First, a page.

Any day a terrible migraine doesn’t strike feels like a miracle, like I’m on a dream vacation or just won millions in the lottery. This is what my life has become. A crap shoot. If I don’t smell perfume or hear loud sounds or have sun in my eyes, I can finish the day without suffering. But just when I think I’m home free, something will set off a headache—some MSG mixed into a salad at a work luncheon or a whiff of cigarette smoke when I’m walking to the parking lot—and I’m careening down another roller coaster ride of agony and misery.
Right now, I’m at the doctor’s office. Again. I’m hoping my primary care physician will refer me to someone who can actually help. The last neurologist I saw prescribed daily medicine he called a prophylaxis that was supposed to reduce migraine frequency. But all it did was give me the brain function of a hamster. I start a sentence but then trail off with this awkward silence, because I can’t even remember what I was about to say. And it’s not fun to get home from work to a terrible smell and realize you put the milk in the pantry instead of the fridge. Geez. I need to at least be able to function like a halfway normal person on the rare day I’m headache free.
I step into the office and sign in at the front desk. The TV’s on too loud and people talking on cell phones fill most of the chairs. Sunlight reflects off of a car mirror, casting blinding light into my eyes. How could I possibly get well here when I’m bombarded by constant triggers? I shift enough to escape the searing flashes of light when the receptionist frowns and shakes her head. “Dr. Stevenson got called out for a family emergency. You’ll either have to reschedule or see Dr. Jones. He’s very busy today, but he has agreed to work you into his schedule if you still want to be seen.” She says this as if he’s endangering his life to agree to see me. Perhaps he’s been forewarned that I’m one of those crazies that can’t be healed.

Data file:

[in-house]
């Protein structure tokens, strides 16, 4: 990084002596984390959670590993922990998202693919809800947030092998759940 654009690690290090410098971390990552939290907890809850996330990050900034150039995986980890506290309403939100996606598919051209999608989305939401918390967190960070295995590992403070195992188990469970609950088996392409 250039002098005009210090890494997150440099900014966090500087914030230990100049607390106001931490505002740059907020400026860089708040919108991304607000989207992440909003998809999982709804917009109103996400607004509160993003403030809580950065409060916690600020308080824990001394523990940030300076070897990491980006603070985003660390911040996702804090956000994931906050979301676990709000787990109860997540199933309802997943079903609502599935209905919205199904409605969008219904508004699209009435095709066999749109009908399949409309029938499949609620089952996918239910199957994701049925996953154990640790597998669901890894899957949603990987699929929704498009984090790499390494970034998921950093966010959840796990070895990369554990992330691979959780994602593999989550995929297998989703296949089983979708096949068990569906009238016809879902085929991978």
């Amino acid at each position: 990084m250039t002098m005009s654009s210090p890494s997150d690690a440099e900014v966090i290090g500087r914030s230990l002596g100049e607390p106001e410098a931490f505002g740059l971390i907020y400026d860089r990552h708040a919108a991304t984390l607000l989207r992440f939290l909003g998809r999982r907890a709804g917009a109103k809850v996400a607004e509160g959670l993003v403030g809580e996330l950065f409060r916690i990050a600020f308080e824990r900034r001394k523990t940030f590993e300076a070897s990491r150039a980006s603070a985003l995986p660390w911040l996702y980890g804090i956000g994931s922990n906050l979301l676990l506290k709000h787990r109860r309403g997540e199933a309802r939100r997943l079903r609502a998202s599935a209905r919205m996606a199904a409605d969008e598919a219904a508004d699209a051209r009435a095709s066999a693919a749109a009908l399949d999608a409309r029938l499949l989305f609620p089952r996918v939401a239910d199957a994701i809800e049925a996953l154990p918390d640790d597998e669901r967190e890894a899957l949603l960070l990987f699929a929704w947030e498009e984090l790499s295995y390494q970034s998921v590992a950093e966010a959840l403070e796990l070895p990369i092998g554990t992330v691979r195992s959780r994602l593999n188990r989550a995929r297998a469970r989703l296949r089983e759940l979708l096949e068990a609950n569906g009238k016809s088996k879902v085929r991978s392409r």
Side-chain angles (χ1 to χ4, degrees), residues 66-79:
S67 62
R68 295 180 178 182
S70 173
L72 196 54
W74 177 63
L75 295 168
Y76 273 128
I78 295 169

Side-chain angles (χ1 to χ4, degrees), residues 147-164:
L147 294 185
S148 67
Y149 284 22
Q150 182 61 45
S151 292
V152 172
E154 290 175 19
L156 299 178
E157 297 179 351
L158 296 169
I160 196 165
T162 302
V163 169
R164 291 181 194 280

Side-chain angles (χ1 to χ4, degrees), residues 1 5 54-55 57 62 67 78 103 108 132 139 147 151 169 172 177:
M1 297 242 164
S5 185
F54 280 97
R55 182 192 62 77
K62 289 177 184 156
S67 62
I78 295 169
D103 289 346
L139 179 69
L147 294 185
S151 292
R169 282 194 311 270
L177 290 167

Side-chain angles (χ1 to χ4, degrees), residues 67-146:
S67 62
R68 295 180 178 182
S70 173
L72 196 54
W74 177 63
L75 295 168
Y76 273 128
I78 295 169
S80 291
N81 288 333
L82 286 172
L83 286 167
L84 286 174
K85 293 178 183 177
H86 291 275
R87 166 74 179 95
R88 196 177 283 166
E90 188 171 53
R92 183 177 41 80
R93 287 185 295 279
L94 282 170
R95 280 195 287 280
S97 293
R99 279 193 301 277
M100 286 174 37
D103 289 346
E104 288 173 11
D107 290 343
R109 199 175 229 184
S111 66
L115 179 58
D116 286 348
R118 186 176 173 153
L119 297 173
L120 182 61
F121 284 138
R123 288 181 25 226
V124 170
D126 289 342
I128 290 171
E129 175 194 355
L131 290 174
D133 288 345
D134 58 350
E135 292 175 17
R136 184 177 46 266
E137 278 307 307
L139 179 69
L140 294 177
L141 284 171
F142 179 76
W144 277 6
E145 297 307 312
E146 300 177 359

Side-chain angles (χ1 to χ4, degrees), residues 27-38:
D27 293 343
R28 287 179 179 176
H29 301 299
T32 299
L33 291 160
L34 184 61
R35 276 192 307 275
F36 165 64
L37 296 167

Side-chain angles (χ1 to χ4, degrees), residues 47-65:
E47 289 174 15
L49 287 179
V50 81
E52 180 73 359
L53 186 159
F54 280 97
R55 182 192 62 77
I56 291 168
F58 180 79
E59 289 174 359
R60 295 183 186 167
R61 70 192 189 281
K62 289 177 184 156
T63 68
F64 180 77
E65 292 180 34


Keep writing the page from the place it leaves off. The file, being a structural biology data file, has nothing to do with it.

“Fine, I’ll see Dr. Jones.” I know I sound surly, but I don’t care. I’m running out of patience with insensitive health care workers. Have they ever been really sick for even a day? Probably not.
“Is your insurance information still the same?”
“Your co-pay is twenty-five dollars.”
I hand over her my debit card and wait for her to process it and give me a receipt.
“Please take a seat. The nurse will call you when he’s ready.”
I drop into a chair and open up a new book on my iPad. Often, when I have free time and a migraine isn’t sucking me into a bottomless abyss, I read romance novels. They’re my escape. I read books set in places I’ve never traveled to like Africa, Southeast Asia or Europe where the heroines fall in love with a sheik or a prince or a military hero. Sometimes I get so immersed in the stories they feel real.
I’ll almost able to imagine a handsome Navy SEAL kissing me on a deserted beach, wrapping his arms around me and telling me I’m the woman he wants to spend the rest of his life with. I read a few pages of a book, but find myself unable to relate to it. The female character is too perfect. I can only identify with characters who are damaged goods—broken and fragile like me.
I stuff the iPad back in my purse. My mind drifts back to when migraines weren’t a part of my life. I had friends once. I was pretty much a normal kid and later a normal teenager. Looking back, those years seem idyllic and almost like a dream. Until my life suddenly went south.